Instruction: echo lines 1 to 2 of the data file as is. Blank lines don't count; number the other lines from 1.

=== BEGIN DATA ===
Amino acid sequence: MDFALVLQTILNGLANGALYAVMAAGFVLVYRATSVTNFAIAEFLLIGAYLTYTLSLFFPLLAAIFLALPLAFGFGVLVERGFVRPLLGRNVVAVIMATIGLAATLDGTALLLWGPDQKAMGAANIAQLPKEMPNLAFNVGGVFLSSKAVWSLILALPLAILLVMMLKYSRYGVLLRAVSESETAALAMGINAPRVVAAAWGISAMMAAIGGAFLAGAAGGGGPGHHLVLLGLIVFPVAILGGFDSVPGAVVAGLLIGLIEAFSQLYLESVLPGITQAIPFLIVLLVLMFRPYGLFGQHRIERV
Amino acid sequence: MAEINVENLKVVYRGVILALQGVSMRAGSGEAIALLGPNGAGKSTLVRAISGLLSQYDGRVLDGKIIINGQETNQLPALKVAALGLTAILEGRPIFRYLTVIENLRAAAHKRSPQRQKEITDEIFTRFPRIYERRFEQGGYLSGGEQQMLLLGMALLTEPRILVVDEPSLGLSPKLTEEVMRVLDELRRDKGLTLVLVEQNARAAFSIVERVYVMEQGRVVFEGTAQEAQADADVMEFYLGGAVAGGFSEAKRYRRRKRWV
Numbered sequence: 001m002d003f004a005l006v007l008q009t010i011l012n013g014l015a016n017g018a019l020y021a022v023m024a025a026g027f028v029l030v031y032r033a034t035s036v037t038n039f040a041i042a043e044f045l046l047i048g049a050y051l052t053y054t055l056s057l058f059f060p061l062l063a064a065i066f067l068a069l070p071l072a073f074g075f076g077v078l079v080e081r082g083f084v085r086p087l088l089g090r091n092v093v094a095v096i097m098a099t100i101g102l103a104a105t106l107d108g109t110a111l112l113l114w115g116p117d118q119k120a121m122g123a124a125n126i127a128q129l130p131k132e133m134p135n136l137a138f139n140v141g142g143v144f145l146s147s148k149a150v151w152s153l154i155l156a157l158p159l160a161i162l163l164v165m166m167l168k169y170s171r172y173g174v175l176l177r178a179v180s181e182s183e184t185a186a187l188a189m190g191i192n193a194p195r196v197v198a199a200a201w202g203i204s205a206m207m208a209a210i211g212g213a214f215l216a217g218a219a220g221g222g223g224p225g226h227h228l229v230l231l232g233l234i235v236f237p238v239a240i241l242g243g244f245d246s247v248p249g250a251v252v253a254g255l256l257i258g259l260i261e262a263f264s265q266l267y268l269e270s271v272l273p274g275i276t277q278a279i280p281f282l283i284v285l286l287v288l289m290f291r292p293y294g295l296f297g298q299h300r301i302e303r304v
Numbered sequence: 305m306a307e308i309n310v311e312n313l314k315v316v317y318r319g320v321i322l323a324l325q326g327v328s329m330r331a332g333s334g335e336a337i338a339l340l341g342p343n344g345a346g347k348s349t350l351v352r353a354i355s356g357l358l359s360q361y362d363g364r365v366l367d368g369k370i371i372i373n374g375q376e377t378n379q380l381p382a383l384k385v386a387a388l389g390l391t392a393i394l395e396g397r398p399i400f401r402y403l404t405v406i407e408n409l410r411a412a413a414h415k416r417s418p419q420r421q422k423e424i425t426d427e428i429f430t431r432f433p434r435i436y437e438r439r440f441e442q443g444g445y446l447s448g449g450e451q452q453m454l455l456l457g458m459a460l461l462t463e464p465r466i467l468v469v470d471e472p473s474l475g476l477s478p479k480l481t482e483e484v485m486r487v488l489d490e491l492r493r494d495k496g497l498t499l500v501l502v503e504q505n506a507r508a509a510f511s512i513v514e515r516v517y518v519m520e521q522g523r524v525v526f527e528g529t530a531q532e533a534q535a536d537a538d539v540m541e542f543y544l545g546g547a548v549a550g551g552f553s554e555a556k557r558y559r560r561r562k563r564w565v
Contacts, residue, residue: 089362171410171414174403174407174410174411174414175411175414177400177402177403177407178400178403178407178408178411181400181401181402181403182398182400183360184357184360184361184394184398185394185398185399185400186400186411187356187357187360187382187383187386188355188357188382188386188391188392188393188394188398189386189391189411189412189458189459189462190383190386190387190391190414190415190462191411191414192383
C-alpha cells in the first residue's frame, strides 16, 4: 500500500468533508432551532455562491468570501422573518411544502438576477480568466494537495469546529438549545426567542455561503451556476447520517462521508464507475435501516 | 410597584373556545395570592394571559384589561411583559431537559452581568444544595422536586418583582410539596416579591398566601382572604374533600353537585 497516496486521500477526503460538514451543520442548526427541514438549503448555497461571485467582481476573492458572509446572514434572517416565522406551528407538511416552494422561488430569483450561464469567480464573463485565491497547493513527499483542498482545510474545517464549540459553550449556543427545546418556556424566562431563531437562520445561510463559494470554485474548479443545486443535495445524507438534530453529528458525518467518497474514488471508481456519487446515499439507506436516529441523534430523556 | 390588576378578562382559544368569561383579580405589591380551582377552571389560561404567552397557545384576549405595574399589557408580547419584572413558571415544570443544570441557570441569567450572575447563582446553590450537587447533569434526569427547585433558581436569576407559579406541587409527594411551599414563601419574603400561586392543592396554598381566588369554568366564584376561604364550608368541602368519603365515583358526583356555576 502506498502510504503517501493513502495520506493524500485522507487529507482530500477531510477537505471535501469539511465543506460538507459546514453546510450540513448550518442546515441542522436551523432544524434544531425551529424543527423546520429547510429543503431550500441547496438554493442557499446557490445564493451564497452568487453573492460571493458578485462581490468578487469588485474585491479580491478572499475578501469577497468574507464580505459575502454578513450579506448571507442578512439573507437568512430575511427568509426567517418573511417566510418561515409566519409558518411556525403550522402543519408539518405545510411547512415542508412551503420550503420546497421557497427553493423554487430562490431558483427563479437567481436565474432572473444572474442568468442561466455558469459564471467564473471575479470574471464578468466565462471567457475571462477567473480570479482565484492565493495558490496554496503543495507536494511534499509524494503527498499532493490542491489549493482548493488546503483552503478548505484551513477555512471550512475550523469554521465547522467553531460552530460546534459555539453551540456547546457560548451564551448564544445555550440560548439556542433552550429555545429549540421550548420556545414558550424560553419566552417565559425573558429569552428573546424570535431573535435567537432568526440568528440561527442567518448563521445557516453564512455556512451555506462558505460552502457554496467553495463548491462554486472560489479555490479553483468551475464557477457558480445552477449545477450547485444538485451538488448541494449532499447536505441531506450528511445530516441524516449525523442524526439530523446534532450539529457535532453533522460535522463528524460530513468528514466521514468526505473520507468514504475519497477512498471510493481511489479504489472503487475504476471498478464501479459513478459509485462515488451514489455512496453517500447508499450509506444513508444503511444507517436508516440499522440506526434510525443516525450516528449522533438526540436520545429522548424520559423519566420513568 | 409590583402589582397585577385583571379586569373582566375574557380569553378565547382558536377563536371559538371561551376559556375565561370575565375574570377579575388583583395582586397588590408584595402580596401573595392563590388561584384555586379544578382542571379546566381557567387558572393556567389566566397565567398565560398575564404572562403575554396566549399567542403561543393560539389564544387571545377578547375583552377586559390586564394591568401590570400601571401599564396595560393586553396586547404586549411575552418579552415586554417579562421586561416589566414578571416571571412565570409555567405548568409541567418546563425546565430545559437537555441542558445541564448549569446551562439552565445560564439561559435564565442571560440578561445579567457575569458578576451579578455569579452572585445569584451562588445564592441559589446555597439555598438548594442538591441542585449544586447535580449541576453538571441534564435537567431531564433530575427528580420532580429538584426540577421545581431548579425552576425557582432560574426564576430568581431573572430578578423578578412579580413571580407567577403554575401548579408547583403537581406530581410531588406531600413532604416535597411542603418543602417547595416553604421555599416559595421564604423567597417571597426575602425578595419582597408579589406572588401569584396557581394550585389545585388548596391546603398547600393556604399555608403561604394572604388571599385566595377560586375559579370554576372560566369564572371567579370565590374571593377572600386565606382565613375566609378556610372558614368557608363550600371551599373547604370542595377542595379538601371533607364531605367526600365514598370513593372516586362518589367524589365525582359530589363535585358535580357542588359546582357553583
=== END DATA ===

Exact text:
Amino acid sequence: MDFALVLQTILNGLANGALYAVMAAGFVLVYRATSVTNFAIAEFLLIGAYLTYTLSLFFPLLAAIFLALPLAFGFGVLVERGFVRPLLGRNVVAVIMATIGLAATLDGTALLLWGPDQKAMGAANIAQLPKEMPNLAFNVGGVFLSSKAVWSLILALPLAILLVMMLKYSRYGVLLRAVSESETAALAMGINAPRVVAAAWGISAMMAAIGGAFLAGAAGGGGPGHHLVLLGLIVFPVAILGGFDSVPGAVVAGLLIGLIEAFSQLYLESVLPGITQAIPFLIVLLVLMFRPYGLFGQHRIERV
Amino acid sequence: MAEINVENLKVVYRGVILALQGVSMRAGSGEAIALLGPNGAGKSTLVRAISGLLSQYDGRVLDGKIIINGQETNQLPALKVAALGLTAILEGRPIFRYLTVIENLRAAAHKRSPQRQKEITDEIFTRFPRIYERRFEQGGYLSGGEQQMLLLGMALLTEPRILVVDEPSLGLSPKLTEEVMRVLDELRRDKGLTLVLVEQNARAAFSIVERVYVMEQGRVVFEGTAQEAQADADVMEFYLGGAVAGGFSEAKRYRRRKRWV